APL flow cytometry and MoAb therapy

Among the innovative therapeutic treatments developed during the recent years, one of the most stimulating is the employment of MoAbs as an effective strategy to cure hematopoietic malignancies. In APL, CD33 antigen has proved a suitable target for immunotherapy. Gemtuzumab ozogamicin, a MoAb directed against CD33 and conjugated to calicheamicin has been proposed to cure the disease. The engagement of CD33 by gemtuzumab results in internalization of the immunoconjugate and hydrolytic release of calicheamicin, which, in turn, causes irreversible DNA damage and cell death. The success of gemtuzumab therapy is due to two characteristics of APL blasts, both of them detectable by flow cytometry and probably essential for the effectiveness of the strategy: the strong expression of CD33 as well as the weak display of the MDR glycoprotein 170 (Pgp) and of lung resistance-related protein. In particular, the latter feature accounts for the striking sensitivity of APL blasts to calicheamicin.10, 21 Although the expression of CD33 in APL is considered mandatory, MoAb-based therapies imply the respect of a general rule: the presence of molecules to be used as a target for immunotherapy must be demonstrated at single-patient level.



The extraordinary efficacy of flow cytometry analysis of APL has been convincingly documented. Table 1 outlines some of the steps of APL progress of knowledge. This is only a limited example of what we use to call 'the power of surface hematology'.

All the arguments discussed lead us to what we are all interested in: where is APL flow cytometry going? Maybe many answers are possible, but we want to focus on three main goals: (i) a better access to rare cells in the context of minimal residual disease analysis; (ii) the development of studies disclosing the phenotypic mosaics predictive of resistance to ATRA or As2O3; (iii) further insights into the expression of a series of resistance associated proteins, with the aim to determine the likelihood of MDR following to chemotherapy.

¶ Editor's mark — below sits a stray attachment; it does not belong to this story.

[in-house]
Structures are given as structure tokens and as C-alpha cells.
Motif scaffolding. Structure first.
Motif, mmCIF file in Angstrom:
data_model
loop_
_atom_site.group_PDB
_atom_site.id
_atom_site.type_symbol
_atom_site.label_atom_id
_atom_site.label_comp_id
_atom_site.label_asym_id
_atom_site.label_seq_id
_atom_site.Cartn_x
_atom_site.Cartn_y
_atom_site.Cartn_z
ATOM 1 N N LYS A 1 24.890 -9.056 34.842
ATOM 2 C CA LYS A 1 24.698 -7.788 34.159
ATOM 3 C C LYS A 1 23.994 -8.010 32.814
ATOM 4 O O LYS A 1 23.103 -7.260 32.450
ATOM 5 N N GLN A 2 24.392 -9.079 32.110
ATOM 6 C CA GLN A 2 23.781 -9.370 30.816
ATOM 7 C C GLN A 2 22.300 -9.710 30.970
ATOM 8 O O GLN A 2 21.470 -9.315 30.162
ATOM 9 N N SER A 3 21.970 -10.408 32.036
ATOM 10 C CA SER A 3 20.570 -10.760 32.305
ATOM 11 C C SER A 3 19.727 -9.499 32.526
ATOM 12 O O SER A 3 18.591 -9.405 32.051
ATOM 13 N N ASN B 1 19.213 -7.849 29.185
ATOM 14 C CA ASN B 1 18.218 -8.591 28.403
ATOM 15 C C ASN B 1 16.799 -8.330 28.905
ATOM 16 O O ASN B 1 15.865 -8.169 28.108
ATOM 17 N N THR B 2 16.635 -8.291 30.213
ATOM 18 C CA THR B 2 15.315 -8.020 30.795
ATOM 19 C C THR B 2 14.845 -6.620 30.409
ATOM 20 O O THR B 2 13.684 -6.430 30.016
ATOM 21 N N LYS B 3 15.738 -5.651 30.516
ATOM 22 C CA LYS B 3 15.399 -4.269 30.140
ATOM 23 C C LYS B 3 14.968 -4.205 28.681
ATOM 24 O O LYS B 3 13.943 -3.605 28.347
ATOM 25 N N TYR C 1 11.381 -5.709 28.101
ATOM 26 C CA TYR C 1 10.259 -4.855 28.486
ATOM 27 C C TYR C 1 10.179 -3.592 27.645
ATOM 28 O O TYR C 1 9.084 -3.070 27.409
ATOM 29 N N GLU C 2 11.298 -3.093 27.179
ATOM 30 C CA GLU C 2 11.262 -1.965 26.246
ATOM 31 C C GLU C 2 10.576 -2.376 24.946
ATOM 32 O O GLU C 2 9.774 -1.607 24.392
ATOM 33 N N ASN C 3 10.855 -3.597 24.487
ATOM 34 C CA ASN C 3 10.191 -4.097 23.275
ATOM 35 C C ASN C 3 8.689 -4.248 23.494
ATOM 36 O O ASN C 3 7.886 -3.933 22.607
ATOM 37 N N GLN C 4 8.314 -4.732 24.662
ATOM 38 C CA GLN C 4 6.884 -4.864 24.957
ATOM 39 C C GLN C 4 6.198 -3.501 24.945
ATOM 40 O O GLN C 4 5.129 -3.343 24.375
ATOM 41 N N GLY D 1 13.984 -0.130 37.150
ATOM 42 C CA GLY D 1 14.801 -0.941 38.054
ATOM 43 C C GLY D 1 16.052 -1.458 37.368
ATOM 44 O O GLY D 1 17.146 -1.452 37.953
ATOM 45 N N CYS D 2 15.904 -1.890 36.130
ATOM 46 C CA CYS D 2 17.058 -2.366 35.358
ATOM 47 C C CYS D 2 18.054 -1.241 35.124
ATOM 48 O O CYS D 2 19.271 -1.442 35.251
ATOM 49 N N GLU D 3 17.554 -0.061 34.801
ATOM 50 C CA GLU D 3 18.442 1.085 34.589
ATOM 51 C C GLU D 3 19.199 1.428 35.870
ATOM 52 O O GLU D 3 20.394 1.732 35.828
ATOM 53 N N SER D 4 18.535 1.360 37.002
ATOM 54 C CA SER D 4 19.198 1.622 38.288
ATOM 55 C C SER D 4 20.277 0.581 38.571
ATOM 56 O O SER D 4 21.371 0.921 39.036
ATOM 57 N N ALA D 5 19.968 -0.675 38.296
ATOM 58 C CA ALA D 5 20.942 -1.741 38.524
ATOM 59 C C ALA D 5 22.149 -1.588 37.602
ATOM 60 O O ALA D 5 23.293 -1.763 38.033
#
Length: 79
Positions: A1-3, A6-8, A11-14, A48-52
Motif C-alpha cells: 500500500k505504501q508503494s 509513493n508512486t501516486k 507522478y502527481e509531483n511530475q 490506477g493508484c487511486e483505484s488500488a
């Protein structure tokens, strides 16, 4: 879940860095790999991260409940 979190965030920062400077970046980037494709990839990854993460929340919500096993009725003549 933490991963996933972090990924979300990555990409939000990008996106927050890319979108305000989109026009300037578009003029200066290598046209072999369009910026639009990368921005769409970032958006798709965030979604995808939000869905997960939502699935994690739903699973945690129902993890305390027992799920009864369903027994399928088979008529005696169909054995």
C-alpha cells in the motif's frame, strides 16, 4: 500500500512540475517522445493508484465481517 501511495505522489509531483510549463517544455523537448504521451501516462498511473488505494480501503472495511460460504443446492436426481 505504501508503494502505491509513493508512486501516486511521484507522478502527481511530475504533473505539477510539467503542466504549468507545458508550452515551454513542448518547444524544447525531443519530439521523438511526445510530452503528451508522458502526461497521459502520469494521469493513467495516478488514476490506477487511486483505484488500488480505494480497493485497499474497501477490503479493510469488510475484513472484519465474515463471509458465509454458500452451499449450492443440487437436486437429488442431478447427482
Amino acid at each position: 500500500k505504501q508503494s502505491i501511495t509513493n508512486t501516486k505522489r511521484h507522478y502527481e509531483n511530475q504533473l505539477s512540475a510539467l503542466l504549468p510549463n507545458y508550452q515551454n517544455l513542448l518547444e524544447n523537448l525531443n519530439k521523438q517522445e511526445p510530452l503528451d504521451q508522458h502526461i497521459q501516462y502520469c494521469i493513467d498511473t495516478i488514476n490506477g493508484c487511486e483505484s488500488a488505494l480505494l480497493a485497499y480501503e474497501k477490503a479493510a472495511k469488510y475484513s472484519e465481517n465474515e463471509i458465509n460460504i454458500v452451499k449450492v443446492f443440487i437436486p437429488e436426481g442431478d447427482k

1. Breccia M, Avvisati G, Latagliata R, Carmosino I, Guarini A, De Propris MS et al. Occurrence of thrombotic events in acute promyelocytic leukemia correlates with consistent immunophenotypic and molecular features. Leukemia 2006.
  2. San Miguel JF, Gonzalez M, Canizo MC, Anta JP, Zola H, Lopez Borrasca A. Surface marker analysis in acute myeloid leukaemia and correlation with FAB classification. Br J Haematol 1986; 64: 547–560. | PubMed | ChemPort |
  3. Sato T, Abe R, Kawaguchi M, Uchida T, Kariyone S. Expression of monocytic and T-lymphocytic phenotype in a variant form of acute promyelocytic leukaemia (M3). Scand J Haematol 1986; 37: 151–153. | PubMed | ChemPort |
  4. Perfetto SP, Chattopadhyay PK, Roederer M. Seventeen-colour flow cytometry: unravelling the immune system. Nat Rev Immunol 2004; 4: 648–655. | Article | PubMed | ISI | ChemPort |
  5. Irish JM, Kotecha N, Nolan GP. Mapping normal and cancer cell signalling networks: towards single-cell proteomics. Nat Rev Cancer 2006; 6: 146–155. | Article | PubMed | ChemPort |
  6. Zola H, Swart B, Nicholson I, Aasted B, Bensussan A, Boumsell L et al. CD molecules 2005: human cell differentiation molecules. Blood 2005; 106: 3123–3126. | Article | PubMed | ChemPort |
  7. Orfao A, Chillon MC, Bortoluci AM, Lopez-Berges MC, Garcia-Sanz R, Gonzalez M et al. The flow cytometric pattern of CD34, CD15 and CD13 expression in acute myeloblastic leukemia is highly characteristic of the presence of PML-RARalpha gene rearrangements. Haematologica 1999; 84: 405–412. | PubMed | ChemPort |
  8. Cullen MJ, Richards SJ, O'Connor SJ, Dickinson H, Sharpe C, Swirsky DM et al. Rapid diagnosis of acute promyelocytic leukemia (PML): applicability of flow cytometry and PML protein immunofluorescence. Cancer Genet Cytogenet 2004; 148: 176–177. | Article | PubMed | ChemPort |
  9. Falini B, Mason DY. Proteins encoded by genes involved in chromosomal alterations in lymphoma and leukemia: clinical value of their detection by immunocytochemistry. Blood 2002; 99: 409–426. | Article | PubMed | ISI | ChemPort |
  10. Paietta E. Expression of cell-surface antigens in acute promyelocytic leukaemia. Best Pract Res Clin Haematol 2003; 16: 369–385. | Article | PubMed | ChemPort |
  11. Grimwade D, Enver T. Acute promyelocytic leukemia: where does it stem from? Leukemia 2004; 18: 375–384. | Article | PubMed | ISI | ChemPort |
  12. Puccetti E, Ruthardt M. Acute promyelocytic leukemia: PML/RARalpha and the leukemic stem cell. Leukemia 2004; 18: 1169–1175. | Article | PubMed | ISI | ChemPort |
  13. Edwards RH, Wasik MA, Finan J, Rodriguez R, Moore J, Kamoun M et al. Evidence for early hematopoietic progenitor cell involvement in acute promyelocytic leukemia. Am J Clin Pathol 1999; 112: 819–827. | PubMed | ChemPort |
  14. Riccioni R, Saulle E, Militi S, Sposi NM, Gualtiero M, Mauro N et al. C-fms expression correlates with monocytic differentiation in PML-RAR alpha+ acute promyelocytic leukemia. Leukemia 2003; 17: 98–113. | Article | PubMed | ChemPort |
  15. Naeem M, Harrison K, Barton K, Nand S, Alkan S. A unique case of acute promyelocytic leukemia showing monocytic differentiation after ATRA (all-trans retinoic acid) therapy. Eur J Haematol 2006; 76: 164–166. | Article | PubMed |